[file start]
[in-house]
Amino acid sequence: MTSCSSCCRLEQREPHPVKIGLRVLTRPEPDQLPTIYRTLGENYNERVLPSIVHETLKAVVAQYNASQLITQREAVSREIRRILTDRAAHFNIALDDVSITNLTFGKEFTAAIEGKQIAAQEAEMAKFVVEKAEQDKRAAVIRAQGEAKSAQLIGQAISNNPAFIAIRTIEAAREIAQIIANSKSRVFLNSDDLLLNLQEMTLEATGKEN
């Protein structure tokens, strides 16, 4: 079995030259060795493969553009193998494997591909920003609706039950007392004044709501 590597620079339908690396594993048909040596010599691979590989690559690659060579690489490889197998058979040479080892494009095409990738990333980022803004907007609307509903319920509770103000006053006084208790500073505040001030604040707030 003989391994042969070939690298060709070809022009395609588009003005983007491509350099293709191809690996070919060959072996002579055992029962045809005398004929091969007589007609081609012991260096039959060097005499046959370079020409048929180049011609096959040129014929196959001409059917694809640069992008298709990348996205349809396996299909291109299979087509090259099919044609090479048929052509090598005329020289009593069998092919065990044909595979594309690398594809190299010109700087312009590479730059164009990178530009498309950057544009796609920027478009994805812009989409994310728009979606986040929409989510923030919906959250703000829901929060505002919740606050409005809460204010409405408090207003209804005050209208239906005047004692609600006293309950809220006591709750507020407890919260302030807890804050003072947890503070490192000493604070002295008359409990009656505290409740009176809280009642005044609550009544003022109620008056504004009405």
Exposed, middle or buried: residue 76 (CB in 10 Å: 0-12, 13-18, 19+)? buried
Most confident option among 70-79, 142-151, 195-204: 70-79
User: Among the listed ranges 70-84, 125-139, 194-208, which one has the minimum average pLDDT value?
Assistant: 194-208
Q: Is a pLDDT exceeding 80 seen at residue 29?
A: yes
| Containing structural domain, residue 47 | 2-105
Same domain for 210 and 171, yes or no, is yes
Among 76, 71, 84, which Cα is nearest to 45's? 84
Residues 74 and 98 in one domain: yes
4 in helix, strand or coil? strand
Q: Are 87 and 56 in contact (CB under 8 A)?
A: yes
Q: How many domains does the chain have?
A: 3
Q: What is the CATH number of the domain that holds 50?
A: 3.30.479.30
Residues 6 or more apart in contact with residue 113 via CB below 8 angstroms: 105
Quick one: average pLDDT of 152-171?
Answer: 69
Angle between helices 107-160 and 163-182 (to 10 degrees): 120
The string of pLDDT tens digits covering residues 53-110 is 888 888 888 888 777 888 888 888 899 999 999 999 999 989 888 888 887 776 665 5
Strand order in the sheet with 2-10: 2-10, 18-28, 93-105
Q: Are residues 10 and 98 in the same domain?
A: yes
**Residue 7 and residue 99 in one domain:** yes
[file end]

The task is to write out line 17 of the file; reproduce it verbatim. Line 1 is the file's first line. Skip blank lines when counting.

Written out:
Q: How many domains does the chain have?